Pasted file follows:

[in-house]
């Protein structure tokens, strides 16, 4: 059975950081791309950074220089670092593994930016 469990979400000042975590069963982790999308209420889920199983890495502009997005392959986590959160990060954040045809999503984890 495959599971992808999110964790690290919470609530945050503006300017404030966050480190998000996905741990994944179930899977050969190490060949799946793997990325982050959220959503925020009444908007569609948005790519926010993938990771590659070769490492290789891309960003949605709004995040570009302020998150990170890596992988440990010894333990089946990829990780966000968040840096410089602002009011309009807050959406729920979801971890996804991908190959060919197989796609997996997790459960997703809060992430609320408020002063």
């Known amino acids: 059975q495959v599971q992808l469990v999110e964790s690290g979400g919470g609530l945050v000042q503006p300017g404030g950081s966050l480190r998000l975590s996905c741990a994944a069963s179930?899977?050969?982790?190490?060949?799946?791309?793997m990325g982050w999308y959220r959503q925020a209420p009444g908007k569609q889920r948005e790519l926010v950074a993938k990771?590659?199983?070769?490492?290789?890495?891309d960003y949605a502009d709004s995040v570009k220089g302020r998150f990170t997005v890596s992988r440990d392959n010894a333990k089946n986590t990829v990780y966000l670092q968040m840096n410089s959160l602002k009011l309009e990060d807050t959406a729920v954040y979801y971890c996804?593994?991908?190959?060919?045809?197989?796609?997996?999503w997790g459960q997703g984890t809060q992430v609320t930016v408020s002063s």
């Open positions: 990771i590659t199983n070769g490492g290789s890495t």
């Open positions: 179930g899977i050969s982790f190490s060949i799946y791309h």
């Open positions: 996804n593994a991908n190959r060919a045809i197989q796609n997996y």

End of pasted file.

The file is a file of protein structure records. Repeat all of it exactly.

[in-house]
């Protein structure tokens, strides 16, 4: 059975950081791309950074220089670092593994930016 469990979400000042975590069963982790999308209420889920199983890495502009997005392959986590959160990060954040045809999503984890 495959599971992808999110964790690290919470609530945050503006300017404030966050480190998000996905741990994944179930899977050969190490060949799946793997990325982050959220959503925020009444908007569609948005790519926010993938990771590659070769490492290789891309960003949605709004995040570009302020998150990170890596992988440990010894333990089946990829990780966000968040840096410089602002009011309009807050959406729920979801971890996804991908190959060919197989796609997996997790459960997703809060992430609320408020002063």
């Known amino acids: 059975q495959v599971q992808l469990v999110e964790s690290g979400g919470g609530l945050v000042q503006p300017g404030g950081s966050l480190r998000l975590s996905c741990a994944a069963s179930?899977?050969?982790?190490?060949?799946?791309?793997m990325g982050w999308y959220r959503q925020a209420p009444g908007k569609q889920r948005e790519l926010v950074a993938k990771?590659?199983?070769?490492?290789?890495?891309d960003y949605a502009d709004s995040v570009k220089g302020r998150f990170t997005v890596s992988r440990d392959n010894a333990k089946n986590t990829v990780y966000l670092q968040m840096n410089s959160l602002k009011l309009e990060d807050t959406a729920v954040y979801y971890c996804?593994?991908?190959?060919?045809?197989?796609?997996?999503w997790g459960q997703g984890t809060q992430v609320t930016v408020s002063s």
């Open positions: 990771i590659t199983n070769g490492g290789s890495t």
């Open positions: 179930g899977i050969s982790f190490s060949i799946y791309h």
């Open positions: 996804n593994a991908n190959r060919a045809i197989q796609n997996y």